|Agricultural Expansion and Pioneer Settlements in the Humid Tropics (UNU, 1988, 305 pages)|
|7. The Jengka Triangle: a report on research in progress|
In the light of the fact that the Jengka Triangle is Malaysia's oldest regional land settlement scheme and that 1985 is the year set by the project's planners for its "completion," and bearing in mind that regional planning on a much larger scale than the Jengka Triangle has become widely accepted in Malaysia in the flush of the enthusiasm that followed the "discovery" by Malaysian politicians and planners, upon the publication of the Jengka Triangle Report in 1967, of the many "advantages" of large-scale regional planning and development, the authors of this report believe that it is timely to take a second look at the Jengka Triangle experience with the purpose of eventually making an overall critical evaluation of the use of this type of regional development strategy in Malaysia.
With this in mind we studied aspects of the Jengka Triangle development experience to see what lessons can be learnt so that corrective measures may be proposed for current and future regional-level rural settlement projects. In this the authors recognize the necessary limitations of their enterprise. A thorough evaluation of every facet of the Jengka Triangle experience will require resources, and a range of expertise, well beyond what the authors will ever be able to muster. This has, therefore, necessarily dictated that our evaluation be limited in scope, tentative in nature, and but a pointer to areas that need to be looked at in greater depth.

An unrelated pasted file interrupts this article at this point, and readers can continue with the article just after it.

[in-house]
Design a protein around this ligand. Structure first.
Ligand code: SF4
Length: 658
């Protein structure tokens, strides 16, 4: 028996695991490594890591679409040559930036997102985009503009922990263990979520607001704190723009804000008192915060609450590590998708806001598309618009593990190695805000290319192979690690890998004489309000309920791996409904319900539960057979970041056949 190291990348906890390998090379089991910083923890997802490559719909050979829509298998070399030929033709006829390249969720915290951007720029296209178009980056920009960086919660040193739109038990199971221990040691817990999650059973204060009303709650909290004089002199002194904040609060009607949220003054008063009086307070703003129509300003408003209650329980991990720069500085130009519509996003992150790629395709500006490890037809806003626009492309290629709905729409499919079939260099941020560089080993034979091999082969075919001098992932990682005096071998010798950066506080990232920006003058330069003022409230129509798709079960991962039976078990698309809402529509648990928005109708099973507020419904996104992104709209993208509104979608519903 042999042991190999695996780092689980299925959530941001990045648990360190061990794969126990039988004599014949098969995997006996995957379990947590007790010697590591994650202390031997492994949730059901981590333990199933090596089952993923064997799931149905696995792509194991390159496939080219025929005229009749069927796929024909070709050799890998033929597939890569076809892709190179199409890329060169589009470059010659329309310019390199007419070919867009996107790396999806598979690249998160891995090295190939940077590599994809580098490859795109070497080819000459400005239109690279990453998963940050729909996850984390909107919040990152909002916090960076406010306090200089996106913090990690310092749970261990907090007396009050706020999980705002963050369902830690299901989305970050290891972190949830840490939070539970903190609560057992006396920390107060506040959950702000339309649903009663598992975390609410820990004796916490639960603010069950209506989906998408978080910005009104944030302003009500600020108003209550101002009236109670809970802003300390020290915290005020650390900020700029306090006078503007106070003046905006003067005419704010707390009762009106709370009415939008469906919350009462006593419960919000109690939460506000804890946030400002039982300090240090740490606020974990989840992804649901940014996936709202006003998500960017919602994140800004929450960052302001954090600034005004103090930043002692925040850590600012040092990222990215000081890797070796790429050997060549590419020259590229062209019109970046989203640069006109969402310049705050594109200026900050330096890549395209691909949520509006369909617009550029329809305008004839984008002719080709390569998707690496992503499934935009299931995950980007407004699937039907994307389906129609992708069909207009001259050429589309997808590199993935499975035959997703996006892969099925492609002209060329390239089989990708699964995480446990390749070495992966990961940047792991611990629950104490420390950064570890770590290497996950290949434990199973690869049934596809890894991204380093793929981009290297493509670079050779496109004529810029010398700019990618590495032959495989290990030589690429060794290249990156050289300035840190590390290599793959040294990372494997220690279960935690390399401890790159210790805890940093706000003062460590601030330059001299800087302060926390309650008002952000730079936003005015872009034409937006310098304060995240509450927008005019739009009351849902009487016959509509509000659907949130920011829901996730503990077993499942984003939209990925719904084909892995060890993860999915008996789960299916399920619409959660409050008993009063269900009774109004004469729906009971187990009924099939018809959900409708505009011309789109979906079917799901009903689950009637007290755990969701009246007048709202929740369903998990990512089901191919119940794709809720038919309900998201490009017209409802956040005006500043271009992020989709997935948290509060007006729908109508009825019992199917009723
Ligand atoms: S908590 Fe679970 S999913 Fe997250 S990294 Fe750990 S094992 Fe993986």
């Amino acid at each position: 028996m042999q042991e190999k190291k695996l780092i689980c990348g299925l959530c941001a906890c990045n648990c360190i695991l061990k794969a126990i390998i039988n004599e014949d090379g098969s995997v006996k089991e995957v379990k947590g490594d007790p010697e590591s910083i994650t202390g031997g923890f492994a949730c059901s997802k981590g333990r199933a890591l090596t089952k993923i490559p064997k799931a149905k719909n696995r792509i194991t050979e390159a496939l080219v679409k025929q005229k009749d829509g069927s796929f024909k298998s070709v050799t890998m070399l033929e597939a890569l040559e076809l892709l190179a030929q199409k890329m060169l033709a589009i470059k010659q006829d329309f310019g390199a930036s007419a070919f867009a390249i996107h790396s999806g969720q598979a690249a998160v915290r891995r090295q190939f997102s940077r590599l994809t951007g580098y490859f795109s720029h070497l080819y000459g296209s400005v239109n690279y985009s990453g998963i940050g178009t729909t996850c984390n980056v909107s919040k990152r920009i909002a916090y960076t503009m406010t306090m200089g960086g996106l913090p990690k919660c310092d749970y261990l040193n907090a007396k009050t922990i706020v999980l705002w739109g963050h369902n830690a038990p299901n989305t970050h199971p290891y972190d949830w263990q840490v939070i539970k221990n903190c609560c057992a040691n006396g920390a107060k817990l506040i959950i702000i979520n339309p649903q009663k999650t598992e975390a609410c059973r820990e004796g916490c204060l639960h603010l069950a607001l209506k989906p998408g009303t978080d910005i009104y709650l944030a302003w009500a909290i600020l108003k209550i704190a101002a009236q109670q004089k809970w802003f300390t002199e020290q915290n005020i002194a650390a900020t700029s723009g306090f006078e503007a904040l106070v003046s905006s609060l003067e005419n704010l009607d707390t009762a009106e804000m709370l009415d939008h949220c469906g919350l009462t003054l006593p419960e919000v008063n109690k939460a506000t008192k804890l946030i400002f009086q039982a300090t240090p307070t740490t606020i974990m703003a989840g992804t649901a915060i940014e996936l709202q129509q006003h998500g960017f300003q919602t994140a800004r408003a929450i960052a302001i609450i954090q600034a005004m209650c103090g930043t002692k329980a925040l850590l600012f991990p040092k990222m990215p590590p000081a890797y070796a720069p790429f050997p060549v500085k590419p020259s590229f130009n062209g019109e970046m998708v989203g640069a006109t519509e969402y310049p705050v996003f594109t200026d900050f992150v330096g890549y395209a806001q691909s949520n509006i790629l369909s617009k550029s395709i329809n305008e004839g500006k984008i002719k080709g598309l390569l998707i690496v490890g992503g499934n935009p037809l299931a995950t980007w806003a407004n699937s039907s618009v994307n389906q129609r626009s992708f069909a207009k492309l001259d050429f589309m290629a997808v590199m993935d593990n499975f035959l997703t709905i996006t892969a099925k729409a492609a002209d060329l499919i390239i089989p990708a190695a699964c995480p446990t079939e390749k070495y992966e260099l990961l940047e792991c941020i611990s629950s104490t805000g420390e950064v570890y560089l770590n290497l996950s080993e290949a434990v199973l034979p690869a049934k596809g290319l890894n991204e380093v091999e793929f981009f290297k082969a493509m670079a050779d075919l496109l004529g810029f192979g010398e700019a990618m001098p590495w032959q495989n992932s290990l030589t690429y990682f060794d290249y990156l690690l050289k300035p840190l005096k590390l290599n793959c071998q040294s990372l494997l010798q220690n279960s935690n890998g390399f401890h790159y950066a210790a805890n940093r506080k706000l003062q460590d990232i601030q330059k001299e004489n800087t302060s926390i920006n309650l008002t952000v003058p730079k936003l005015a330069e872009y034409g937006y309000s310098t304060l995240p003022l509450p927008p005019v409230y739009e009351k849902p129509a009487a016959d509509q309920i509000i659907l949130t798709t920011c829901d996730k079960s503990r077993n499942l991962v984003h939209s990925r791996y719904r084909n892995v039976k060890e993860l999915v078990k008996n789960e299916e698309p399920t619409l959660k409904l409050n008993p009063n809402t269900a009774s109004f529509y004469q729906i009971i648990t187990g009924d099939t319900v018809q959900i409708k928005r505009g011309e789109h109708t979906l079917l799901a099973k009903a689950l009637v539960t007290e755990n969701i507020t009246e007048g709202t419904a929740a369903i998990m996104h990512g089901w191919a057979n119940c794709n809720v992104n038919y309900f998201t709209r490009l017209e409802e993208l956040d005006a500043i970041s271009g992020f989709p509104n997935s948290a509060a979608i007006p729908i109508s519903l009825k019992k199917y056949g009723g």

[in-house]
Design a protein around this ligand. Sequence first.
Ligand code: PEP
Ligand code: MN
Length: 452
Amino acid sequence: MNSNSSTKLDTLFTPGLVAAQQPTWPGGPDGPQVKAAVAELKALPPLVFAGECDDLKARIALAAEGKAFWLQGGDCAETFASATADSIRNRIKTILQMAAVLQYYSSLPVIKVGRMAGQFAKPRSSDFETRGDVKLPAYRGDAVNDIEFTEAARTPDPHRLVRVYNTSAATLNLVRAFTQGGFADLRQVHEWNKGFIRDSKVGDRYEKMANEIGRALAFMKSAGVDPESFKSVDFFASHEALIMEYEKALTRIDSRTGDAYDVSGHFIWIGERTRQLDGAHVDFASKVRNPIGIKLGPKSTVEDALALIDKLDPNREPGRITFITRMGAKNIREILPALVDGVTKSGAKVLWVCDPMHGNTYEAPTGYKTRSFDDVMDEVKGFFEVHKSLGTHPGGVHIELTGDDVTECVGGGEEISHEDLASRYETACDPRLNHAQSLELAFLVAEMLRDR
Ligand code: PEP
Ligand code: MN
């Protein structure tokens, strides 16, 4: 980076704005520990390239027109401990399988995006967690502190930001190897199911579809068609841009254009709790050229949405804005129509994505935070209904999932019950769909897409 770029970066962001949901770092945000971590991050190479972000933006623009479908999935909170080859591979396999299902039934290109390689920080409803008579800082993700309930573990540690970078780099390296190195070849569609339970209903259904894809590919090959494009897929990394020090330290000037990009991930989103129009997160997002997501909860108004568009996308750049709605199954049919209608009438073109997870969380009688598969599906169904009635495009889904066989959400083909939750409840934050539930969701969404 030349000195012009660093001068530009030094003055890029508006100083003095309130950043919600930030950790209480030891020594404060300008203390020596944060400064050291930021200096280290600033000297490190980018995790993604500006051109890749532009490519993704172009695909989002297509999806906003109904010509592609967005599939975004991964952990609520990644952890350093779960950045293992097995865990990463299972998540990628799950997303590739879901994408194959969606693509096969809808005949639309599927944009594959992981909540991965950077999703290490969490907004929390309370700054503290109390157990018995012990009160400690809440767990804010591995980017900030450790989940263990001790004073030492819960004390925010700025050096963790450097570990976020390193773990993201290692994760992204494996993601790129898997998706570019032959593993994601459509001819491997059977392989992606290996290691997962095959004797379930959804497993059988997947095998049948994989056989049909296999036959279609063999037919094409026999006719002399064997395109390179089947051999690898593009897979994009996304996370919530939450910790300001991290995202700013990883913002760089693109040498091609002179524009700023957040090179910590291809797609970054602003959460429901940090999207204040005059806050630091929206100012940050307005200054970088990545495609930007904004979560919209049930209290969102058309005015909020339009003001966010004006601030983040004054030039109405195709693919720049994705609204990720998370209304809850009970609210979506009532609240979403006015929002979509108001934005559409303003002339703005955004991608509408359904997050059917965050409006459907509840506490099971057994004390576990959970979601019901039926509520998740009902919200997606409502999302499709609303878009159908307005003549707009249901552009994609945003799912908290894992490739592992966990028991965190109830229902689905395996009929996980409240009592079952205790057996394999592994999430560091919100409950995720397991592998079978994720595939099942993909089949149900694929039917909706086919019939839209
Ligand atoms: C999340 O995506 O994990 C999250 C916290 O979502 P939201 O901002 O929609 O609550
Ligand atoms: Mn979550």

A pilot survey conducted in March 1984 on the planned urban service centres of the Triangle, and their comparison with spontaneous marketing and service centres that have sprung up on the fringes of the Triangle, pointed immediately to one possible major "failure" of the project in the key area of regional growth centres and urban development.
Likewise, in the course of interviewing settlers in the component land settlement schemes within the Triangle, answers given indicated that the children of settlers- the second generation-and the expressed aspirations of parents for their children revealed an upward social and spatial mobility that had profound implications for the announced original purpose of FELDA settlement projects of ensuring the establishment of a landowning rural population which, through its commercial, economic activities, would support and complement parallel commercial, industrial, and service developments in the major urban centres.
These two issues, then, became the focus of attention of fieldwork undertaken in September 1984 and March 1985 in the Triangle. What follows are some preliminary findings from these surveys.